Jeanne-Marie Lanvin was a French haute couture fashion designer. She founded the Lanvin fashion house, the oldest house in France. Along with Gabriel Chanel, Madeline Vionnet, Elsa Schiaparelli, she is one of the most influential women in French fashion. She managed to propel French fashion into the international spotlight, at a time men dominated the industry.
The 1930s saw a female designers make their mark. Unlike her rivals, Jeanne was not so much a public face. She avoided the public. And she might not have had an iconic claim to fame. But she is definitely one of the women that changed women fashion.
Boorn in Paris in 1867, Jeanne started her fashion career at the young age of 13. She began working for a milliner, and eventually became his apprentice. Jeanne opened her first boutique when she was 22 years old.
Her world changed when she got her daughter in 1897. Marguerite “Marie-Blanche” di Pietro became her muse. Jeanne began designing clothes for her child, always thinking her daughter should wear the most beautiful clothes possible.
The child’s outfit and appearance caught the attention and adoration of others. In 1908, Lanvin launched her children wear line. Orders for children’s clothing began to exceed those for hats. So Jeanne believed it was time to expand her company. In 1909, she opened a Young Ladies and Women department. This way, mothers and daughters could come and shop together. The line included day clothes, evening dresses, coats, and lingerie.
The same year, Lanvin became a member of the Chambre Syndicale de la Couture, or the Parisian Fashion Council. This changed her status from milliner to designer.
Her calling card was her robe de style dress. This gown hung straight and narrow on the torso, but then ballooned out widely at the hips. This was similar to silhouettes from the 18th century. Each dress was enriched with beading or embroidery, and they were a whimsical contrast to the minimalistic sporty looks of her contemporaries.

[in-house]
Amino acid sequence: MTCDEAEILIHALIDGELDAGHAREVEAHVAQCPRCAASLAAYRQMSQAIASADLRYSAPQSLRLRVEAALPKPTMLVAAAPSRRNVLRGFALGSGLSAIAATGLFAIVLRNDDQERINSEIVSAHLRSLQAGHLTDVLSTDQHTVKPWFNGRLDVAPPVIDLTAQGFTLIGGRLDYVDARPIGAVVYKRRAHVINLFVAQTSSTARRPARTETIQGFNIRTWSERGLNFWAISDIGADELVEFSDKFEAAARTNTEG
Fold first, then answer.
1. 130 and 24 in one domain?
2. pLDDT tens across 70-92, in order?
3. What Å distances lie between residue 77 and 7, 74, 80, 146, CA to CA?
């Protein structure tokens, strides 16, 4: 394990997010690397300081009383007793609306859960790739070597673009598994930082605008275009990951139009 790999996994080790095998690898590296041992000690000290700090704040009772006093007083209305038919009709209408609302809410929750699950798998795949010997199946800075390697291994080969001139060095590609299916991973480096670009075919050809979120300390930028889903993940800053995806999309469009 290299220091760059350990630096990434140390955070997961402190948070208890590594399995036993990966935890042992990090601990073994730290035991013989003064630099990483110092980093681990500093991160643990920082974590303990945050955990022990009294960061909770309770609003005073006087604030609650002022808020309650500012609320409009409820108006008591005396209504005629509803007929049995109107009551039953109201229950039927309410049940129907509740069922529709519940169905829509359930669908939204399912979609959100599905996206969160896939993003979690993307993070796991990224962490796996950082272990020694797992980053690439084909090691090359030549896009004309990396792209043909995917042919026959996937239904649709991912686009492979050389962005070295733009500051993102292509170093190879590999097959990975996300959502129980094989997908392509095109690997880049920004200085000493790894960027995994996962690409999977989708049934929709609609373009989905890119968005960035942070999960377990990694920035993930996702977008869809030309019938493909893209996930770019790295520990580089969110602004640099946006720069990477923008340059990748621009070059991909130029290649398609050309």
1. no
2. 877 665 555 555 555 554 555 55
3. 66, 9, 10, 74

When she joined the Parisian Fashion Council, her clothes attracted the attention of wealthy people. They asked for copies of the clothes her daughter wore for their own children.
As a visionary, she constantly expanded her business. In 1913, she realized the success of the fashion house is more than the creations. So, she opened a Furs department. Jeanne offered a never-before-seen service to the clients. She allowed them to keep their furs in reserve for the summer.
By the 1920s, her stores had departments for home décor, menswear, lingerie, furs, and more in addition to children and women wear.
But the most significant expansion came in 1924. She introduced her signature fragrance, Arpege, inspired by the sound of her daughter practicing her scales on the piano.
Legacy of Jeanne Lanvin
Each dress Jeanne designed is breathtakingly beautiful. They showcase her eye for detail, exceptional taste and sense of proportion and color. In 1925, she showcased her dresses at the International Exposition of Modern Industrial and Decorative Arts. All the dresses stood the test of time. You can wear them today.
In the 1930s, she changed her style. She went for clean and minimalistic look. During this period, she showcased her passion for sleeves and sculptural cuts. For example, her legendary My Fair Lady dress made from bias cuts of white organza with an enormous black bow.
Each piece of her 1920s and 1930s dresses stood the test of time. This is what makes the House so great. You can show each dress on today’s runways.
Her clothes were about perfection. Jeanne chose the fabrics, and then developed her own color schemes. Lanvin even built a dye factory to achieve the subtle inimitable shades she wanted. The famous designer used pieces of mica, coral, gold, silver threads, ribbons, and more along side of pearls and sequins. This way, the beading would match the fabric and motif.
The Logo of Lanvin
The House’s original logo was a mother and a child twirling around. This is essential to how Jeanne began her career and business. Everything started with her daughter.
Unlike her rivals, she did not design for slim women. She always stick to her bouffant style for women with a larger size. Her signature piece is the robe de style bouffant dress.
Jeanne always worked with expensive fabrics. This is what made her garments easily recognizable.